March 16, 2011 -- An angry husband stabbed his wife with a cyanide-loaded syringe as she packed up to leave him, and then drank of dose of the poison himself and dropped dead almost immediately, New York City police said.
Toxicology reports establishing the cause of death are still pending, according to a spokeswoman for the New York City Medical Examiner. But polices said the deadly poison was cyanide.
Flavio Godoy, 41, is a livery driver who used to have a jewelry business and may have had access to cyanide for cleaning jewelry, police said.
The bizarre murder-suicide unfolded in the Kingsbridge Heights section of the Bronx on Sunday. Erlendly Flores, 35, was splitting up with Godoy and made the fatal decision to return to their apartment to pack up her possessions, neighbors said.
As she bent over to finish her packing, Godoy stabbed her in the arm with a poison-filled syringe, then drank a dose himself and dropped dead, according to police.
A spokesman for the New York Police Department said Flores "called (for help) before she went unconscious" and told cops that her husband had injected her. She died Tuesday at the Allen Hospital at New York Presbyterian.
Flores, who had moved into the building with her husband after a fire burned them out of their home next door, screamed out for help after she was injected, according to Richard Santiago, 57, who lives a floor below the apartment where the murder-suicide took place.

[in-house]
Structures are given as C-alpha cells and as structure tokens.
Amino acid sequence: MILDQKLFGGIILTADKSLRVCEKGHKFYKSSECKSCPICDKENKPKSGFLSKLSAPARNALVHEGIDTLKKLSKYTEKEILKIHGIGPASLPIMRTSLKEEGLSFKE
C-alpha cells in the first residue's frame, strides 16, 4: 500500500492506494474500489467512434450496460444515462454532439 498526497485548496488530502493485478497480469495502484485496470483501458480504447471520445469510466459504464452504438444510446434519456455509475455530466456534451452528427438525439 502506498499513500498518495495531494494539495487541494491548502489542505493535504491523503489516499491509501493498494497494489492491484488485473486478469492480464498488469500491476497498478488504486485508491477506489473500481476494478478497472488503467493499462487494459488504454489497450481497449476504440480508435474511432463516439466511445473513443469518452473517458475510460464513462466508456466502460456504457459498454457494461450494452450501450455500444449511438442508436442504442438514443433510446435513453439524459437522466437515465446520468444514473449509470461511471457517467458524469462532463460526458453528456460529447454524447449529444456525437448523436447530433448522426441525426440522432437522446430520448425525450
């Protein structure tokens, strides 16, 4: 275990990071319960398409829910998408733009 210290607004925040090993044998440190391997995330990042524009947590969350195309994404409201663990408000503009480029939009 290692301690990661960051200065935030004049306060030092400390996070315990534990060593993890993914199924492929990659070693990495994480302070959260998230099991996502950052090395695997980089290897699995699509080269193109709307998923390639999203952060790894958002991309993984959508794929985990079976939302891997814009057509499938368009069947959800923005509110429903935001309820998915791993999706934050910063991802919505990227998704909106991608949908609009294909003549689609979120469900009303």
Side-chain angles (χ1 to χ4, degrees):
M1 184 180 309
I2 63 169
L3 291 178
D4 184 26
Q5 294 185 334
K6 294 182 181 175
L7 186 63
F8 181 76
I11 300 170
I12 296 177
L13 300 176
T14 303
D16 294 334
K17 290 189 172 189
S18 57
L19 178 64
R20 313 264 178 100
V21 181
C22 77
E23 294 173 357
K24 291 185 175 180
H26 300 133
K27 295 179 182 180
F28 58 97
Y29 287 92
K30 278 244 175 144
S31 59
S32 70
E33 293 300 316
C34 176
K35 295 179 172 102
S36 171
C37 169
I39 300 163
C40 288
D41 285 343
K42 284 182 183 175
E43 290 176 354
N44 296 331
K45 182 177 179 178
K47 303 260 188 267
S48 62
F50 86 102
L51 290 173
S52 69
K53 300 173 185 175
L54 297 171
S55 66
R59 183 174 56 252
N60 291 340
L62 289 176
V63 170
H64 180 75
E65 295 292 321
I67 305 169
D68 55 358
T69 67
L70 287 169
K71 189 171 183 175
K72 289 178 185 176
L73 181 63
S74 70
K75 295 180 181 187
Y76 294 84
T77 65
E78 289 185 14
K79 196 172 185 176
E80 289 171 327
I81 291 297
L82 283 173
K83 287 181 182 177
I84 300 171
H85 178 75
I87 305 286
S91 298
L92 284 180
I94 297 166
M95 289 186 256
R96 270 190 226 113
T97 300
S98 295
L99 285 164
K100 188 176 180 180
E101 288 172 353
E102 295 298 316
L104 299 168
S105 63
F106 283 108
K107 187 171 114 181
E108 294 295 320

Santiago said he and another neighbor noticed a relative of Flores parked outside the building around 5 p.m. Sunday. They recognized the car from the day before, he said.
"He had come and helped her bring a bundle of bags on Saturday. She came Sunday to get more stuff, and that's when he [Godoy] assaulted her," Santiago said.
"She stuck her head out the window and said, 'Call the police!' The relative ran upstairs, and the husband was already on the floor. I guess cyanide works pretty quick."
Santiago said the couple had two children, a teenage daughter and a 10-year-old boy, but they were not in the apartment when the attack occurred.
"We're stunned, we're in shock," Santiago said. "The building is a quiet building. Everyone in the building is someone who works."
The lethal effects of large doses of cyanide can begin in seconds, according to the New York State Department of Health. The poisoned person gasps for breath before passing out and may suffer seizures and cardiac arrest. Cyanide was first used as a chemical weapon during World War I.